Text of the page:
Pack (and remove items) while they’re asleep …

Kids have the strangest habit of declaring that the baby toy they haven’t touched for years is their new most favorite, most sentimentally valued of all their possessions. Decluttering your living area is a fantastic idea before you move, and sometimes this can be done most easily after the children are asleep.

This tactic really works best for the youngest kids, who are most inclined to forget that they ever owned a butterfly elephant stuffed animal. For older kids, try a different approach.

… Or let your kids help pack their own things

Older children will appreciate the chance to find security in the familiar by packing up their own rooms and possessions. Let them decide what to keep and what to toss, and help them get excited by talking about how they’ll arrange their new room. Ask them what you can do to help make their new living space feel perfect for them.

Even younger kids can take advantage of the excitement of moving if you let them pack a small box, especially if you’re letting them pack a few toys and treasured items to bring with them in the car or on the plane.

Take as much help as you can get

Friends, family, and neighbors often offer to help with a move, and many movers don’t quite know how to take them up on the offer. If you trust them with your kids or pets, then having them entertain or watch your babies while you deal with the logistics can be a great way to leverage their help.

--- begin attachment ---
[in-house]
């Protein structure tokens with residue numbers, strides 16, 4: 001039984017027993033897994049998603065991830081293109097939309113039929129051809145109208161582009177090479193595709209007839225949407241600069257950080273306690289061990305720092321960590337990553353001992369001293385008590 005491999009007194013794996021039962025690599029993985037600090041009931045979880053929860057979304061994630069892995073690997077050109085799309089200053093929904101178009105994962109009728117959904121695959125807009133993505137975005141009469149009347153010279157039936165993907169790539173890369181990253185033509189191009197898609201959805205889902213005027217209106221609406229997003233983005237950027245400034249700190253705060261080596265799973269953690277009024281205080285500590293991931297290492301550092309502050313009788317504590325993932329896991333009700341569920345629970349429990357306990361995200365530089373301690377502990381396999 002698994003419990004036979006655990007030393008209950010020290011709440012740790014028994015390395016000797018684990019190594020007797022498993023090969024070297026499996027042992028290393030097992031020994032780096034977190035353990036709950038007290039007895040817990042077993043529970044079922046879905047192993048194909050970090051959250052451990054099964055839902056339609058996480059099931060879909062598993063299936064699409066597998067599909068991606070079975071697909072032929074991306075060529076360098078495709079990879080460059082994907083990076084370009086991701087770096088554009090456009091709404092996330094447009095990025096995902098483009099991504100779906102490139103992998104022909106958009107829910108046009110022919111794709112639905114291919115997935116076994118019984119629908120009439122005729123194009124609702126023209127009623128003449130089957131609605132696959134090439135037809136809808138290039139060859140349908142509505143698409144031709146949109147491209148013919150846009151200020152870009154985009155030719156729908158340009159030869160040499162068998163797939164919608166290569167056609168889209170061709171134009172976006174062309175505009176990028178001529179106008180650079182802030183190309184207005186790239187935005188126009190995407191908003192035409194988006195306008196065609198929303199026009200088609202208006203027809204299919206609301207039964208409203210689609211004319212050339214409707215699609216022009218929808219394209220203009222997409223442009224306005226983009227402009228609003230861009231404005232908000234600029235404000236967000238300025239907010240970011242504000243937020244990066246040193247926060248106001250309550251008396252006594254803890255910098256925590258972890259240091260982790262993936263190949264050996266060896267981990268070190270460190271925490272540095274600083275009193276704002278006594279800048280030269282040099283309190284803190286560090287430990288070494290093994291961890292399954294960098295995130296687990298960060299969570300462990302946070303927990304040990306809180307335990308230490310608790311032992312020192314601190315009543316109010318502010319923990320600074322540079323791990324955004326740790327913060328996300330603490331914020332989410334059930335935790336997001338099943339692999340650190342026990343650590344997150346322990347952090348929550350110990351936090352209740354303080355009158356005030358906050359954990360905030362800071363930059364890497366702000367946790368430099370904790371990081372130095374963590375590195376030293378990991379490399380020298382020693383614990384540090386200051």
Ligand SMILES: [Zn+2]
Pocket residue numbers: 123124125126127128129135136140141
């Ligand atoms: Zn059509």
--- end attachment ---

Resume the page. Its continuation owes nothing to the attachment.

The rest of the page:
This doesn’t have to happen only on the day of the move, either. Kids appreciate trips to the ice-cream parlor or movie theater at just about any time, and dogs like being walked, and cats enjoy playing with feather toys, too. If you can’t think of anything else for your potential helpers to do, having them shower your dependents with attention is always a good option.

Give them time to say goodbye

Pets might not understand the meaning of leaving, but it’s all too acute for kids. Talk to them about what and whom they think they’ll miss the most, and give them time and opportunities to spend with those beloved spaces and people. For kids, throwing a “see you later” party or giving them a ritual tour through the empty house before you leave for good can help them adjust to the change more smoothly.

Help them make a plan for keeping in touch

Kids can also benefit by talking through a plan to keep in touch with their best friends and relatives they’re leaving behind. This is easier than ever in the age of technology, so you can help them exchange email addresses with their friends or make sure that they’re connected via phone, but it might also help to talk about plans to come back and visit if that’s in the cards for you. Giving kids something to look forward to if they’re having trouble adjusting in their new home can make a huge difference.